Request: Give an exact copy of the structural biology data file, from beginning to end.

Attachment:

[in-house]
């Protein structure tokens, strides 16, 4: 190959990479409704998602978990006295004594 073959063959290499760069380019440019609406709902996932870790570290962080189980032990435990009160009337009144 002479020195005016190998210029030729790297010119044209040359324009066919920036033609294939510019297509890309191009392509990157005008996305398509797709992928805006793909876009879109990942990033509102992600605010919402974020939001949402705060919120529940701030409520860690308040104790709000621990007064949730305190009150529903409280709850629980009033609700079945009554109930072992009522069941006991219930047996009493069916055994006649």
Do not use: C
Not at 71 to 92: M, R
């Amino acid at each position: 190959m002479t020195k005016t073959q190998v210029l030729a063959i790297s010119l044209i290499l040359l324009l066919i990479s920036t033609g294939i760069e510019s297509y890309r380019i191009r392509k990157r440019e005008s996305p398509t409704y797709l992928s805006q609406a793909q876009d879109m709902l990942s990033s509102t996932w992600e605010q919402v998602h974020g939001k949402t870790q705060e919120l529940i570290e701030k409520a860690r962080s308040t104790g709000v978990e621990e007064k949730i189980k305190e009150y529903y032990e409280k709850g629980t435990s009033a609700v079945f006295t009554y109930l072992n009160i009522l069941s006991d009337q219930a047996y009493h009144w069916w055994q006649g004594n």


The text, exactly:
[in-house]
């Protein structure tokens, strides 16, 4: 190959990479409704998602978990006295004594 073959063959290499760069380019440019609406709902996932870790570290962080189980032990435990009160009337009144 002479020195005016190998210029030729790297010119044209040359324009066919920036033609294939510019297509890309191009392509990157005008996305398509797709992928805006793909876009879109990942990033509102992600605010919402974020939001949402705060919120529940701030409520860690308040104790709000621990007064949730305190009150529903409280709850629980009033609700079945009554109930072992009522069941006991219930047996009493069916055994006649």
Do not use: C
Not at 71 to 92: M, R
């Amino acid at each position: 190959m002479t020195k005016t073959q190998v210029l030729a063959i790297s010119l044209i290499l040359l324009l066919i990479s920036t033609g294939i760069e510019s297509y890309r380019i191009r392509k990157r440019e005008s996305p398509t409704y797709l992928s805006q609406a793909q876009d879109m709902l990942s990033s509102t996932w992600e605010q919402v998602h974020g939001k949402t870790q705060e919120l529940i570290e701030k409520a860690r962080s308040t104790g709000v978990e621990e007064k949730i189980k305190e009150y529903y032990e409280k709850g629980t435990s009033a609700v079945f006295t009554y109930l072992n009160i009522l069941s006991d009337q219930a047996y009493h009144w069916w055994q006649g004594n």